"As counterintuitive as it may seem, one of the most underutilized resources for conscious entrepreneurs could be shifting how we see our competition. We're conditioned to guard our intellectual property against rival businesses. But what if we saw them as potential collaborators rather than threats?

In theory, our competition holds puzzle pieces we lack, faces different client challenges, and has developed innovative strategies we've never considered. Rather than a field of threats to monitor, conscious entrepreneurs could cooperate to share strengths while tackling shared problems.

Abundance versus scarcity, support versus secrecy. Easier said than practiced, I know. But cooperation is the future as humanity realizes our deeply intertwined needs. And business can lead this shift.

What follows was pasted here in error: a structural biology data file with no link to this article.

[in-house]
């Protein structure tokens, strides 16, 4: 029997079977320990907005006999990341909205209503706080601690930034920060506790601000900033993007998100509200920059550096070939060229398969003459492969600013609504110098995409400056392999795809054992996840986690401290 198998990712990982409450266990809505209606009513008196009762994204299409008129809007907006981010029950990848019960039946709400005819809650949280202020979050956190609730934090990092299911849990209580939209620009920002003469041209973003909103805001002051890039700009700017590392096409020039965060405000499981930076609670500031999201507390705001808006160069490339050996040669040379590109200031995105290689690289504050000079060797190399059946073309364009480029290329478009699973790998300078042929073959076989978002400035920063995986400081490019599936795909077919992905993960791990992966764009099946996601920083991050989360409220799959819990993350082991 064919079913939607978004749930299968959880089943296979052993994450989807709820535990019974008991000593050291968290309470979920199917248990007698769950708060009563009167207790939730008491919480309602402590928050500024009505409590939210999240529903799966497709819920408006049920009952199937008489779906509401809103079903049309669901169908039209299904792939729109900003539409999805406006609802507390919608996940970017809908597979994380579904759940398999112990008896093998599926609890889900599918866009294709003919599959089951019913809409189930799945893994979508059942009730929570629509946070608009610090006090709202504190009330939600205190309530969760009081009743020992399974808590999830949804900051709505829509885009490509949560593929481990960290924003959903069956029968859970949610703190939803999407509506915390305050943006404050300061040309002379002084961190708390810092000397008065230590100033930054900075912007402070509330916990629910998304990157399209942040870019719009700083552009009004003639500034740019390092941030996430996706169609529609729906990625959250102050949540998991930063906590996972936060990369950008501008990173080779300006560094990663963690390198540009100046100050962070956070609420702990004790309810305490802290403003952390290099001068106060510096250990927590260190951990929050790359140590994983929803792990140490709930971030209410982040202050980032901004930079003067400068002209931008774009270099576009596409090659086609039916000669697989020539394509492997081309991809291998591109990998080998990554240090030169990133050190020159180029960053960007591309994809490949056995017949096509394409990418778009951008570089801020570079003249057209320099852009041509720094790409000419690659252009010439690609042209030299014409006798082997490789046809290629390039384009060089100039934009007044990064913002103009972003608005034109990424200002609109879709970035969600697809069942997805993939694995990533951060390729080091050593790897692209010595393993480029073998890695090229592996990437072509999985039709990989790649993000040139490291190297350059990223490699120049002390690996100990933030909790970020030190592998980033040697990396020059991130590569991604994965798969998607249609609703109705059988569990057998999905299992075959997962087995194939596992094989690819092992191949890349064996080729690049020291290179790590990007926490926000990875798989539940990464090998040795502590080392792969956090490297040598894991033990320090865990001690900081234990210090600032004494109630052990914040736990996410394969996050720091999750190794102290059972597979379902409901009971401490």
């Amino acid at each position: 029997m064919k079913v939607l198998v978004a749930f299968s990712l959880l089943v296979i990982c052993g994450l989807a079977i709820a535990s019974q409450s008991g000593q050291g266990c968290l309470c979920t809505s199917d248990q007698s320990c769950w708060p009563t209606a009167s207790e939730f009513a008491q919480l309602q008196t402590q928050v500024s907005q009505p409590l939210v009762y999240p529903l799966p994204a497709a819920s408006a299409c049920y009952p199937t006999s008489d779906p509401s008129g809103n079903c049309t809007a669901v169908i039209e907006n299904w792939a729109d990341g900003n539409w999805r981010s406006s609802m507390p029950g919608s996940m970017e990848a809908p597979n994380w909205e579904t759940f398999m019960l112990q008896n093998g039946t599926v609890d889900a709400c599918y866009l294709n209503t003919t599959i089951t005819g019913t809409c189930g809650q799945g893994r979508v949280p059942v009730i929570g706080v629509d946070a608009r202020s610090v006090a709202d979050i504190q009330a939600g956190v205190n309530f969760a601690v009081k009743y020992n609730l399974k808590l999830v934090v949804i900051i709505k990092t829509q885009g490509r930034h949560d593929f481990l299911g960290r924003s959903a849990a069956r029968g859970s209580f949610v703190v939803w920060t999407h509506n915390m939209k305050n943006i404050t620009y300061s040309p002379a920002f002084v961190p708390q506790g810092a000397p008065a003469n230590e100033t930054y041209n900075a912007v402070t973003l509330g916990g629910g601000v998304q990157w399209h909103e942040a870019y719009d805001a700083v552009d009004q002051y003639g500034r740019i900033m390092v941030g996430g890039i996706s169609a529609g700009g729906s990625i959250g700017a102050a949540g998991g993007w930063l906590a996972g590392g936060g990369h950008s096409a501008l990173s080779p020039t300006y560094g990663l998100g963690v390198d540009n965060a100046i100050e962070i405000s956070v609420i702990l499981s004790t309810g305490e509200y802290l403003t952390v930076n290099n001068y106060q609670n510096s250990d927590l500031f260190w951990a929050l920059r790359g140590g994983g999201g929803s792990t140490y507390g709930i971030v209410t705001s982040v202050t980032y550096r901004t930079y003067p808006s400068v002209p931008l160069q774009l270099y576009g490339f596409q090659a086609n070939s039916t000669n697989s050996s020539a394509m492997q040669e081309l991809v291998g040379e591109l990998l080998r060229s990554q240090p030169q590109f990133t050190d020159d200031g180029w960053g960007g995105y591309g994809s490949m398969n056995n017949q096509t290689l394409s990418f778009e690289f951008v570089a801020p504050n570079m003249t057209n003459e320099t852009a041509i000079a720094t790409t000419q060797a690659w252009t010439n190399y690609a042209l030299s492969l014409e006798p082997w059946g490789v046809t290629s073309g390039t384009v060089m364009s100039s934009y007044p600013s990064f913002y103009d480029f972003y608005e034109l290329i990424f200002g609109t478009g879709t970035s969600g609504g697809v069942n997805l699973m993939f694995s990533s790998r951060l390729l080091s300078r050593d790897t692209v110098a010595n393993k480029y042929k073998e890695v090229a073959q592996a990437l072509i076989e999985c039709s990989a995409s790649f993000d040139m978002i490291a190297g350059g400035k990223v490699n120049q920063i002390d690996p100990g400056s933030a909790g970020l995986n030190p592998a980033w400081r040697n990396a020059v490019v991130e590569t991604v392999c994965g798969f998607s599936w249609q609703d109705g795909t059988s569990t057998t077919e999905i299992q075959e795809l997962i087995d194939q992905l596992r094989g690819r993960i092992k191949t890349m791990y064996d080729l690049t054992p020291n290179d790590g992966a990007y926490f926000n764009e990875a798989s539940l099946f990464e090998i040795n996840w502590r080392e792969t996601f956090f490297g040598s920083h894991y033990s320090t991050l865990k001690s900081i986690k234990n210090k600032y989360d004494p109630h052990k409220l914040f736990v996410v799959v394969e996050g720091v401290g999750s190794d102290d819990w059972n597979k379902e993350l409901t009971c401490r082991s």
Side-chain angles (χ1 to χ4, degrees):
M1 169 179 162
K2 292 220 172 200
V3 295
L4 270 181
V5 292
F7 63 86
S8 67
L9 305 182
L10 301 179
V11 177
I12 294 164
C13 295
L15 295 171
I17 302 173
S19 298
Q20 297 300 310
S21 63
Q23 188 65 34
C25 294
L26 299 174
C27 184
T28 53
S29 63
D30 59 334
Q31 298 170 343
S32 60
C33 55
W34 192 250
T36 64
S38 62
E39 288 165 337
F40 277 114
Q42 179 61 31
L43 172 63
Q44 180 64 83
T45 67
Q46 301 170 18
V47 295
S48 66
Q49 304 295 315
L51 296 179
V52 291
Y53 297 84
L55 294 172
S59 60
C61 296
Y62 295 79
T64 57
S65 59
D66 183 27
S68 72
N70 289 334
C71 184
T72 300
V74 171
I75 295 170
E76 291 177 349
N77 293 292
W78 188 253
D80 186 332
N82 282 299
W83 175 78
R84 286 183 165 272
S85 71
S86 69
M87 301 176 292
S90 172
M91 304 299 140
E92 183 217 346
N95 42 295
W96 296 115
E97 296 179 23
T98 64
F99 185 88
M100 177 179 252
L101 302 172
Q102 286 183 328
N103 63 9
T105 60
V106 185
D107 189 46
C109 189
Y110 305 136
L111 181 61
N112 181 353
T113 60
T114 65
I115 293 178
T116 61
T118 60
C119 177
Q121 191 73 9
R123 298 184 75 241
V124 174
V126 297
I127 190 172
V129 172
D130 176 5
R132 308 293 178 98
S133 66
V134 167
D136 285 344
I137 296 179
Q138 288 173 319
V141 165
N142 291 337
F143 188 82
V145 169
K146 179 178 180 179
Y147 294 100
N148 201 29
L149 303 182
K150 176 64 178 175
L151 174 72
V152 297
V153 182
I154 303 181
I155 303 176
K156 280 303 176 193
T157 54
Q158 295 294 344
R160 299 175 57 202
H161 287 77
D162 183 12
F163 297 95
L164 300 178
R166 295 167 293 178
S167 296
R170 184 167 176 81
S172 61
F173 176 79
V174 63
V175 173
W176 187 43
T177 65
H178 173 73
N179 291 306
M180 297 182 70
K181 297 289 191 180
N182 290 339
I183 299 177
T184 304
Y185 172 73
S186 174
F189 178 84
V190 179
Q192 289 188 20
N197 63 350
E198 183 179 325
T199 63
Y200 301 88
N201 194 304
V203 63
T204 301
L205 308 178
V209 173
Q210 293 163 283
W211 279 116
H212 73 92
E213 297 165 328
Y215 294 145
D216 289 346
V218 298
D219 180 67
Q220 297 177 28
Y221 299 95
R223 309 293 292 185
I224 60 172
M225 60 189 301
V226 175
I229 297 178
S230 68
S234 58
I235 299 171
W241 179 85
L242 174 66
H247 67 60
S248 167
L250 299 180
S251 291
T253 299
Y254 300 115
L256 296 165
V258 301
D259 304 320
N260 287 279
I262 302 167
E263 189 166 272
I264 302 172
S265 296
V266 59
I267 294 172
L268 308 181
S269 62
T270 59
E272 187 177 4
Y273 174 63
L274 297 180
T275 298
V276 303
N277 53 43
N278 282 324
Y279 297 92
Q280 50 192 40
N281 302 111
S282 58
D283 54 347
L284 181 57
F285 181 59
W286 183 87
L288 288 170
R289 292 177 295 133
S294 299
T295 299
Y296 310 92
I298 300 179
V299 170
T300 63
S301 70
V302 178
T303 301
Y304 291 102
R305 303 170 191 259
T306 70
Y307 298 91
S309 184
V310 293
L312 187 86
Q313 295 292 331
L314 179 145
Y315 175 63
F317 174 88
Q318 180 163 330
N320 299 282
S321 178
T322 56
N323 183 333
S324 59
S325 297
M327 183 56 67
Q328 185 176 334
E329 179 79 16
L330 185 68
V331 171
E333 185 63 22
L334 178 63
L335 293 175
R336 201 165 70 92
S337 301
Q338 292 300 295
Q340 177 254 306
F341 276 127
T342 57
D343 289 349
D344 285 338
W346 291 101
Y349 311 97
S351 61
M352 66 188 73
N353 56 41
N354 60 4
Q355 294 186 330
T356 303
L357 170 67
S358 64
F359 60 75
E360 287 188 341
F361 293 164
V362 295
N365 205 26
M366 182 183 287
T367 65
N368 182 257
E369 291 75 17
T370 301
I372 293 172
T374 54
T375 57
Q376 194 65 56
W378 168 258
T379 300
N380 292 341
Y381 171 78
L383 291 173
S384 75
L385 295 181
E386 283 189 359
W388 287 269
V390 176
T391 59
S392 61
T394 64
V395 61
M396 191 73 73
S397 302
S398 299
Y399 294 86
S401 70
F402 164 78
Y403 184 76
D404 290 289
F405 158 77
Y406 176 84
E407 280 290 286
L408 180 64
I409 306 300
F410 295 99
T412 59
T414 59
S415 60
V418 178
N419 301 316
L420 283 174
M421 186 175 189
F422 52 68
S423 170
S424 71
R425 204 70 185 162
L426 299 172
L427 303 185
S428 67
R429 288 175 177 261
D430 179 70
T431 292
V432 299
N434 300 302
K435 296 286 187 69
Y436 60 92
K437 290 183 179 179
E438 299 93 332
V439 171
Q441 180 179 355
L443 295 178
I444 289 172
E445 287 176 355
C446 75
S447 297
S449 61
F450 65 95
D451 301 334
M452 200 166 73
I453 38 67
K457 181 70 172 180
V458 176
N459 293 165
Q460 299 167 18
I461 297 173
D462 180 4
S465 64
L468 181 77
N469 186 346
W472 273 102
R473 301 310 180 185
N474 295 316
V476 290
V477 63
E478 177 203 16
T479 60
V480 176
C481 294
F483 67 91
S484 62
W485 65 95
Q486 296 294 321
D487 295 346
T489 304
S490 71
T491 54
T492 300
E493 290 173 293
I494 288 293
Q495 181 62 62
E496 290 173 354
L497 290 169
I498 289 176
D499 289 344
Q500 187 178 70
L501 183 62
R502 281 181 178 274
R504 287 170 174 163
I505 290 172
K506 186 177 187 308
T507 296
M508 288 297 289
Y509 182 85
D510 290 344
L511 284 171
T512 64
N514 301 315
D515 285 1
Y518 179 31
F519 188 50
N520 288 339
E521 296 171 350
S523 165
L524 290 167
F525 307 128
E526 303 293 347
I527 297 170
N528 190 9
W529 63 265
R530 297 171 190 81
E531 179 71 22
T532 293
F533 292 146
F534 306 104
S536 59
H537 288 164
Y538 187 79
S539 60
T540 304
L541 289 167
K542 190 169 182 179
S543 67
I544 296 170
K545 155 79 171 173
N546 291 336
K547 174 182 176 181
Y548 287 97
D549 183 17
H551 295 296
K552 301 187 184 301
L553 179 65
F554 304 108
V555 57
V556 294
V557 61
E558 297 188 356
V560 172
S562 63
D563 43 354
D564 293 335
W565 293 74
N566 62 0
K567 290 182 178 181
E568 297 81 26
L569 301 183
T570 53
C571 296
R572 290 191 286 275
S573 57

If we dared view competitors as friends with diverse expertise, imagine the creative integrative solutions that could emerge. We may even build referral routes to provide niche clients with better care. At a minimum, releasing assumptions often anchors me in humility and curiosity, which alone foster the innovation clients deserve."

Mona Kirstein, Ph.D., Digital Strategist, Holistic Coach and Consultant, The Wholehearted Path

16. Learn from Failure

"Embracing failure is one underappreciated but powerful asset for small business owners. While networking and mentorship are valuable, failure can lead to valuable lessons and growth opportunities. By viewing failures as stepping stones toward success, small business owners can foster resilience, adaptability, and innovation within their organizations.